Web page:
The peak for I is shifted a bit compared to the peak for I. Knowing the shape of one curve you can easily work out the shape of the other. So it's straightforward (if a little messy!) to work out the shift. Take my word for it that the peak of the I is at a frequency corresponding to the wavelength for which peak(mm)×T(K)=5.1. For this curve the blackbody peak for the CMB is at about 2mm, and so this must have been what you saw plotted. For an I plot, the peak would be more like 1mm.

Several years ago on some television show (probably PBS, NOVA) they did a piece on background radiation, with an interesting twist. The scientists involved converted the radiation they were detecting into humanly audible wavelengths of sound. This was an incredibly fascinating noise, besides being the "sound of the universe" it came across as a mix of white noise and hypnotic repetition. I was hoping there would be someone on the internet broadcasting this converted sound, but no luck so far. If you know what I am talking about and have any recordings of background radiation lying around (or know where I could be directed), I would greatly appreciate it.

Submitted by michael_wynne"AT" 10/98

I dimly recall such a thing too. Anyone else remember the specifics? Let me know!

The frequencies are many orders of magnitude higher than anything that you could hear. On the other hand the wavelengths of the photons in the CMB are quite similar to the wavelengths of sound that you can hear. So if you took the waves to be sound waves and generated a range of waves with intensities given by the shape of the blackbody spectrum of temperature 2.7 Kelvin, then I guess that that would be like "hearing the sound of the Universe". Sounds like a cool idea!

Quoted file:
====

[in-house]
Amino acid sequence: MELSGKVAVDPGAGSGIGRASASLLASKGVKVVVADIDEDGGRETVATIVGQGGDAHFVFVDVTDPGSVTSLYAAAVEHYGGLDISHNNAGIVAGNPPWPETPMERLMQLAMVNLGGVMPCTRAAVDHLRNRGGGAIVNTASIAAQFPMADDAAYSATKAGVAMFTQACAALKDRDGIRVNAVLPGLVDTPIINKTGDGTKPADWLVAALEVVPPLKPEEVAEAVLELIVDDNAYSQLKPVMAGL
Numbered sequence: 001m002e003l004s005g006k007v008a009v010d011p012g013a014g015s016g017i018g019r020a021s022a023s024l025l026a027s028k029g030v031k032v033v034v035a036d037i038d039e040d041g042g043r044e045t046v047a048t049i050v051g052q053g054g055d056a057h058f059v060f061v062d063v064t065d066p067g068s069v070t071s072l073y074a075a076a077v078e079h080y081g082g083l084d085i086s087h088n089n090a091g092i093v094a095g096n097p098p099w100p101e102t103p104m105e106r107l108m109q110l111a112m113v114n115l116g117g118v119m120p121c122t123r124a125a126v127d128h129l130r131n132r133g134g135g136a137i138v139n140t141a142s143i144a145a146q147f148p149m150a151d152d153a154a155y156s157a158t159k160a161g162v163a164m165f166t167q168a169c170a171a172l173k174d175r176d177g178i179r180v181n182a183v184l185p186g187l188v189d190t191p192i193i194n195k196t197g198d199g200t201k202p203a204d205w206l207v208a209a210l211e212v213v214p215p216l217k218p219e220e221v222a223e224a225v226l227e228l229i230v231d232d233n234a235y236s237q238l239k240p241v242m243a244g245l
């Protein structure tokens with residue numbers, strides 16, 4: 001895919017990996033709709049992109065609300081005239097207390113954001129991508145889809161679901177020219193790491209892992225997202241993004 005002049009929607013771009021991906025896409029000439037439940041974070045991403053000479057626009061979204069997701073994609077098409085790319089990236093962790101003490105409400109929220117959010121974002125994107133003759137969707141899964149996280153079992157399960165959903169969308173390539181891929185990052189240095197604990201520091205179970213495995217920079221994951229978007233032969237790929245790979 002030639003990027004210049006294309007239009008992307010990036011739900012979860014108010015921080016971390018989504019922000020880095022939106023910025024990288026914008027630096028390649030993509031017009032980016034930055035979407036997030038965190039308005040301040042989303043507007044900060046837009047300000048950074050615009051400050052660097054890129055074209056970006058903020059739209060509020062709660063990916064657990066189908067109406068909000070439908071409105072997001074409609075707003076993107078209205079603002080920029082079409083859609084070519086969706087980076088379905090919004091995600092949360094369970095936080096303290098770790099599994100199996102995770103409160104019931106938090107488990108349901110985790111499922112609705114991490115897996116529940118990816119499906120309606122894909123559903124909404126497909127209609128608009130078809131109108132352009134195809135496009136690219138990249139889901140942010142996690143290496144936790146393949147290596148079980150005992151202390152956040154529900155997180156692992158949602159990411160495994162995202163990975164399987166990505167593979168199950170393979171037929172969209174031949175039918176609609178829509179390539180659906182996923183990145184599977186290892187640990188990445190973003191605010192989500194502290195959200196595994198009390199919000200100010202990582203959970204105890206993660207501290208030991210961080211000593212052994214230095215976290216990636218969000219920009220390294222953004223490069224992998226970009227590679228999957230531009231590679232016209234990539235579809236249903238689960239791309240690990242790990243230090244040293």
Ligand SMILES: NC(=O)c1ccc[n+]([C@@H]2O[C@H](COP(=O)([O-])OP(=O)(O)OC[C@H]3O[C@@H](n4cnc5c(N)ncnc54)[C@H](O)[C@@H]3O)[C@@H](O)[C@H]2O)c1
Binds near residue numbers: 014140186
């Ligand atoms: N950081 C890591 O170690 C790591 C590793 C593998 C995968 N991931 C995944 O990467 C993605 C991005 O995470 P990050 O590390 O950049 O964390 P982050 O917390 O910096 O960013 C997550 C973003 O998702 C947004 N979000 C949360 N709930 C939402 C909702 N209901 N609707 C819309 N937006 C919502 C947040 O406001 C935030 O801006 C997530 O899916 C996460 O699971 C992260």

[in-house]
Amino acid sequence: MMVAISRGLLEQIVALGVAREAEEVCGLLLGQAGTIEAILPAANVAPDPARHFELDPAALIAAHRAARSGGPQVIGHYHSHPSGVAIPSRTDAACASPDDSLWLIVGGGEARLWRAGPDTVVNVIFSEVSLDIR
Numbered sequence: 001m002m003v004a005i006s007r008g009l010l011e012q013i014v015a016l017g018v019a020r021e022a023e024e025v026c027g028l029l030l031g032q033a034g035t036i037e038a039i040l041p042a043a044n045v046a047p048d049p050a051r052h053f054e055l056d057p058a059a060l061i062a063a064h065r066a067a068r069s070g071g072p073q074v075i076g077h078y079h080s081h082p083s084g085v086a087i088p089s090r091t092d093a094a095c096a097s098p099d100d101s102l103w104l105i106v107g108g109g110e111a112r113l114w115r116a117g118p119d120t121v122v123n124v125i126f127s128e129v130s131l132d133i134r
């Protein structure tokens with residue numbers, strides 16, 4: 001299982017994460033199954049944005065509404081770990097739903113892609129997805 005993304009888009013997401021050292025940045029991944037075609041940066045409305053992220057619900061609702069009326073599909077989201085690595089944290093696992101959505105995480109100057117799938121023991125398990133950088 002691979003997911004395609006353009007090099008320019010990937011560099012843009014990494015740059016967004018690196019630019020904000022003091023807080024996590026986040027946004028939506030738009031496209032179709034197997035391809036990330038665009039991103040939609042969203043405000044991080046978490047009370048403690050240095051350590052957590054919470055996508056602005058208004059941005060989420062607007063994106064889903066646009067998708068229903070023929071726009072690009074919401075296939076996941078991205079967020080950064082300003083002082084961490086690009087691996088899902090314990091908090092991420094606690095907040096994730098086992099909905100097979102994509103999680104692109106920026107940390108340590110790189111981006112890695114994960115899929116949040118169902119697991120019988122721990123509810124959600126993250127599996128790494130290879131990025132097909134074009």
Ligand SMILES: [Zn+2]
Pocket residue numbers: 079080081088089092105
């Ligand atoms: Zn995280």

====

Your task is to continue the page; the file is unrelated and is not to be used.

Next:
The result would sound like "noise", although there would be a range of wavelengths, peaking at some particular value (roughly 1mm), so I'm not sure exactly how that would sound. Certainly it would repetitive! I think in fact the wavelengths are a little short, so you may have to cheat by a factor of maybe 100 in order to get it near the centre of your ear's response. I suspect also that, because the ear is a kind of logarithmic detector, you might have to play the intensity scale too in order to hear something interesting.

I realise there is only one answer I can possibly help you with, = having myself submitted a proposal for a TV documentary to the company = and inquired about the series [abridged]

Submitted by tmgulland"AT" 10/03

Well here in Britain we had a programme called 'Brain Spotting' presented by Kenneth Campbell (to whom I sent a copy of my book), an it was on Channel 4, by Windfall Productions, in I think 1997 or 1998, which featured just this. I phoned Channel 4 a few years ago - they just type in the data you give them and coem up with an answer.

Could you tell me specifically what is the wavelength and frequency of the CMB? What is the irradiance in watts per square meter of the CMB at the surface of the Earth. Is there a receiver design/circuit published that one could build to detect and monitor fluctuations in the CBR.

Submitted by amchitka"AT" 11/98